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Criminal charges

chop shops

Chop shops are illegal automobile garages that buy stolen cars, disassemble them, and sell the individual parts for a profit. Chop shops often disassemble a car within hours of purchasing it from the thief who stole it—making it difficult for the police and the rightful owner to find the stolen vehicle. Chop shops are often operated in residential garages and small commercial spaces to avoid detection, but are usually part of a large criminal network or organization.

It is a crime under federal law (18 U.S.C. § 2322) to knowingly own, operate, maintain, or control a chop shop. There are significant fines and penalties under federal law for operating a chop shop—up to 15 years imprisonment for a first conviction, with the maximum fine and imprisonment doubled for any subsequent conviction.

States also have criminal laws (located in the penal or criminal code or statutes) that prohibit the operation of a chop shop. An offender may be prosecuted under state chop shop laws in addition to a federal prosecution, or instead of a federal prosecution.

In Texas, operating a 'chop shop' is a criminal offense under both federal and state law. Under federal law, specifically 18 U.S.C. § 2322, it is illegal to knowingly own, operate, maintain, or control a chop shop, with penalties including up to 15 years imprisonment for a first conviction and potential doubling of fines and imprisonment for subsequent convictions. Texas state law also criminalizes the operation of chop shops, and these laws are found within the Texas Penal Code. The state statutes address offenses related to the theft of motor vehicles, the receipt or possession of stolen vehicles, and the unauthorized use of a vehicle, all of which can be applied to the activities of chop shops. Violators can face severe penalties, including imprisonment, fines, and forfeiture of property. Offenders may be prosecuted under Texas state law either in addition to or instead of federal prosecution, depending on the specifics of the case and the discretion of law enforcement agencies.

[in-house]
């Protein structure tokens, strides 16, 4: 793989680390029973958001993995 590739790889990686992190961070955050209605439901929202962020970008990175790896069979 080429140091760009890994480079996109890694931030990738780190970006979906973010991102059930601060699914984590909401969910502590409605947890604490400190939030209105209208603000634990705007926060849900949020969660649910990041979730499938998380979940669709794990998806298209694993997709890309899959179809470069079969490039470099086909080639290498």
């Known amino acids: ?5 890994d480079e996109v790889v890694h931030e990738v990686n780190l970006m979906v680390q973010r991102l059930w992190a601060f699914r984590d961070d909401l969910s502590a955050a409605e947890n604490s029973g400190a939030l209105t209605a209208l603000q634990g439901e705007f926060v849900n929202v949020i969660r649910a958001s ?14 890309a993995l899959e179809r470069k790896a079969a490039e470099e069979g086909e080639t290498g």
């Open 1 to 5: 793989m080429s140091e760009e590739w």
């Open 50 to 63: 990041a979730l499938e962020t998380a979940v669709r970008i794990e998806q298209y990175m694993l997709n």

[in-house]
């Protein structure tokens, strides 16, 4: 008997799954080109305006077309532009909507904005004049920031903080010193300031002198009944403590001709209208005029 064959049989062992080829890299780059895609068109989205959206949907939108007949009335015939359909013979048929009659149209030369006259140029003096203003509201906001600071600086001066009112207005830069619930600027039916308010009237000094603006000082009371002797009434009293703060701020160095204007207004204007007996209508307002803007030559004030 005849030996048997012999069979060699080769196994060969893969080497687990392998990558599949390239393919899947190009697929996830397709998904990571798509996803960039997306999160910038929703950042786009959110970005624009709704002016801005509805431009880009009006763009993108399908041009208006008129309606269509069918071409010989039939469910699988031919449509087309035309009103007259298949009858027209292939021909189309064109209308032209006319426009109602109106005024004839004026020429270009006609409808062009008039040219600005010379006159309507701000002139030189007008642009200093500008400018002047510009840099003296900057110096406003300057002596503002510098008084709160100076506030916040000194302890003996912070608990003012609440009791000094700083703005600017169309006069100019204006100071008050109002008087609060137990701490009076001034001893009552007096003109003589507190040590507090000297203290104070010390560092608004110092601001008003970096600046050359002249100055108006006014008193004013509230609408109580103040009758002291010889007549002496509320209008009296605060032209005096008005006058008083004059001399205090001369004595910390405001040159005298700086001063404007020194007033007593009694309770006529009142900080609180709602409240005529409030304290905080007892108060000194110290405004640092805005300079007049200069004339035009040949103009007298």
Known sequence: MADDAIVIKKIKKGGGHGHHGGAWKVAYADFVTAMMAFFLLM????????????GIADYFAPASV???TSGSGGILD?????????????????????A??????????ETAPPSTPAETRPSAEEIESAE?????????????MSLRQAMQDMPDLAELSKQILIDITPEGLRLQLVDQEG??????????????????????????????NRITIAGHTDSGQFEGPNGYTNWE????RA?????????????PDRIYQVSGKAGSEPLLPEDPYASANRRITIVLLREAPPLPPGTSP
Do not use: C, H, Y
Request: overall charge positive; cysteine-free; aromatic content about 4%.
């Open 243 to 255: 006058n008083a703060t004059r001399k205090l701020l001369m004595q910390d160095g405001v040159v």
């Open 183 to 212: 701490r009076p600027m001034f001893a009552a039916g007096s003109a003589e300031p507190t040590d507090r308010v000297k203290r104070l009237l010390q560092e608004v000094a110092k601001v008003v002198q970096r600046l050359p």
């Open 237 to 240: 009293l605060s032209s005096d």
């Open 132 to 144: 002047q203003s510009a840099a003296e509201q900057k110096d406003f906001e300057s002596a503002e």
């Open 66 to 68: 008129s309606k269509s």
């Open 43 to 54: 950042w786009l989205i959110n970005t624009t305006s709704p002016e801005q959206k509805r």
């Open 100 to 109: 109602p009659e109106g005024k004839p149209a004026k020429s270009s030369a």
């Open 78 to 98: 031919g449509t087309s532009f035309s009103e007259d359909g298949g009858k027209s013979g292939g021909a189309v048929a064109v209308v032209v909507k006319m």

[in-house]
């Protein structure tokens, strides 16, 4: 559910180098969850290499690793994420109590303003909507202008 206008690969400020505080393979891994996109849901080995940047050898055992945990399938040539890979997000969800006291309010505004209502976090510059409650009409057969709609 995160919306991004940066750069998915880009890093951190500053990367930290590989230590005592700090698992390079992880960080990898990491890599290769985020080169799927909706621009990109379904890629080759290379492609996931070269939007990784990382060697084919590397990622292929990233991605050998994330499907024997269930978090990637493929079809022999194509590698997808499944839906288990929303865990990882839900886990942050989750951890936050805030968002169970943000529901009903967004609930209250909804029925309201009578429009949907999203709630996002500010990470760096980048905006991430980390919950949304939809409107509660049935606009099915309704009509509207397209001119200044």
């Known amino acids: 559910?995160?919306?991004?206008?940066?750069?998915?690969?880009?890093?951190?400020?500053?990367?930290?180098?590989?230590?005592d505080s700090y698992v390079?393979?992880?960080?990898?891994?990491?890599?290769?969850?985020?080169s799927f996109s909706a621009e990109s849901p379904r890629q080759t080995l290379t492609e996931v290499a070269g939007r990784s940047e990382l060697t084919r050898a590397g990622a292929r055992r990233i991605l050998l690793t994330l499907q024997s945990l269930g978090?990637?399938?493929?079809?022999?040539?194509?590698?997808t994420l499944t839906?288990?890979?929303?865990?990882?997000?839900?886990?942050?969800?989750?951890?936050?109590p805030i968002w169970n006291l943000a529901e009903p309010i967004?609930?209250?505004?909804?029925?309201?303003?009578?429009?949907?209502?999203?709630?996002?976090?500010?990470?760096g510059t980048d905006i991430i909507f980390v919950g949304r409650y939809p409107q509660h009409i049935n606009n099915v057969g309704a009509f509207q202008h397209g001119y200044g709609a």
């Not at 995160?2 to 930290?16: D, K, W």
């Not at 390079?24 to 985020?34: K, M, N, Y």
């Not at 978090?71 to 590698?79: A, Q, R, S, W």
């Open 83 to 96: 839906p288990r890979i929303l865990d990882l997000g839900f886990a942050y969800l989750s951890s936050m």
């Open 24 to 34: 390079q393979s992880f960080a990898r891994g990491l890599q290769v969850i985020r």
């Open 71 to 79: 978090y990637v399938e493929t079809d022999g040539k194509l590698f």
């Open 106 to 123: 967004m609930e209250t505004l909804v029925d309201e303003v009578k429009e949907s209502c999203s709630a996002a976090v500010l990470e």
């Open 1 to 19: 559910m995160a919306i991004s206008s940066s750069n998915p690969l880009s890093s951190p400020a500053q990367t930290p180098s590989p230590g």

Texas Statutes & Rules

Federal Statutes & Rules

18 U.S.C. § 2322 - Chop Shop and Related Activities Prohibited
This statute is directly relevant to the operation of chop shops as it defines the federal crime associated with chop shops and prescribes the penalties for those involved in such illegal activities.

Under 18 U.S.C. § 2322, it is a federal crime to knowingly own, operate, maintain, or control a chop shop or an area where stolen motor vehicles or motor vehicle parts are altered, destroyed, disassembled, dismantled, reassembled, or stored. The statute covers any person who knowingly buys, sells, or disposes of stolen motor vehicles or parts, or who knowingly assists in altering, destroying, disassembling, dismantling, reassembling, or storing them. The law applies when the motor vehicles or parts have crossed state or national borders, thus giving rise to federal jurisdiction. Penalties for a first conviction can include imprisonment for up to 15 years, fines, or both. For subsequent convictions, the maximum penalties can be doubled, leading to up to 30 years of imprisonment and increased fines. The statute is designed to combat the illicit trade in stolen vehicles and parts, which is often linked to organized crime and has significant economic impact on individuals and the automotive industry.